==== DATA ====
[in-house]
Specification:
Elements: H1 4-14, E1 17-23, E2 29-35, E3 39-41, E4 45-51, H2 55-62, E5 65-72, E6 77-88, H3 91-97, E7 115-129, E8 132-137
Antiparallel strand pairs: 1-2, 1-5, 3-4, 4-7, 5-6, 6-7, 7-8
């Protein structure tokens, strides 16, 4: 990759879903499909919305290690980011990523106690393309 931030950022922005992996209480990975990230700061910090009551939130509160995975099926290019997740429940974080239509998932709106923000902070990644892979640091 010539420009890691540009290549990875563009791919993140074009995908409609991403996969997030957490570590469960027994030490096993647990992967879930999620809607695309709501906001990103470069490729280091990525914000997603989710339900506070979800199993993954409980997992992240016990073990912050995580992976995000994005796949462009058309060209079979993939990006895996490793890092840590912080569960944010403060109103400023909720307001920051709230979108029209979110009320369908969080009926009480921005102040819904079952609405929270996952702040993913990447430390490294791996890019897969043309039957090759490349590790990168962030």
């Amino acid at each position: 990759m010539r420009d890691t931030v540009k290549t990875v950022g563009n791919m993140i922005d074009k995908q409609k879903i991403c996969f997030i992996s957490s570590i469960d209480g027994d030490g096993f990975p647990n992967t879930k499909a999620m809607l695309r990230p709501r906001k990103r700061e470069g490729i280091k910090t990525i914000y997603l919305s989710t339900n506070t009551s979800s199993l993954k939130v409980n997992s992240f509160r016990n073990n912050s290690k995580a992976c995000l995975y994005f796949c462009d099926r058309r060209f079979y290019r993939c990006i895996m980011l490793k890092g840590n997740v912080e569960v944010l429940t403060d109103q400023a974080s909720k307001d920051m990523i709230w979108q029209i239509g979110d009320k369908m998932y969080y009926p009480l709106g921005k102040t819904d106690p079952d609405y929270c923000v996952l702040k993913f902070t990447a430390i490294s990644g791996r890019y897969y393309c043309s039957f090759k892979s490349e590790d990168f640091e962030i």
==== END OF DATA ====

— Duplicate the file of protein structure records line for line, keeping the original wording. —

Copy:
[in-house]
Specification:
Elements: H1 4-14, E1 17-23, E2 29-35, E3 39-41, E4 45-51, H2 55-62, E5 65-72, E6 77-88, H3 91-97, E7 115-129, E8 132-137
Antiparallel strand pairs: 1-2, 1-5, 3-4, 4-7, 5-6, 6-7, 7-8
């Protein structure tokens, strides 16, 4: 990759879903499909919305290690980011990523106690393309 931030950022922005992996209480990975990230700061910090009551939130509160995975099926290019997740429940974080239509998932709106923000902070990644892979640091 010539420009890691540009290549990875563009791919993140074009995908409609991403996969997030957490570590469960027994030490096993647990992967879930999620809607695309709501906001990103470069490729280091990525914000997603989710339900506070979800199993993954409980997992992240016990073990912050995580992976995000994005796949462009058309060209079979993939990006895996490793890092840590912080569960944010403060109103400023909720307001920051709230979108029209979110009320369908969080009926009480921005102040819904079952609405929270996952702040993913990447430390490294791996890019897969043309039957090759490349590790990168962030």
């Amino acid at each position: 990759m010539r420009d890691t931030v540009k290549t990875v950022g563009n791919m993140i922005d074009k995908q409609k879903i991403c996969f997030i992996s957490s570590i469960d209480g027994d030490g096993f990975p647990n992967t879930k499909a999620m809607l695309r990230p709501r906001k990103r700061e470069g490729i280091k910090t990525i914000y997603l919305s989710t339900n506070t009551s979800s199993l993954k939130v409980n997992s992240f509160r016990n073990n912050s290690k995580a992976c995000l995975y994005f796949c462009d099926r058309r060209f079979y290019r993939c990006i895996m980011l490793k890092g840590n997740v912080e569960v944010l429940t403060d109103q400023a974080s909720k307001d920051m990523i709230w979108q029209i239509g979110d009320k369908m998932y969080y009926p009480l709106g921005k102040t819904d106690p079952d609405y929270c923000v996952l702040k993913f902070t990447a430390i490294s990644g791996r890019y897969y393309c043309s039957f090759k892979s490349e590790d990168f640091e962030i």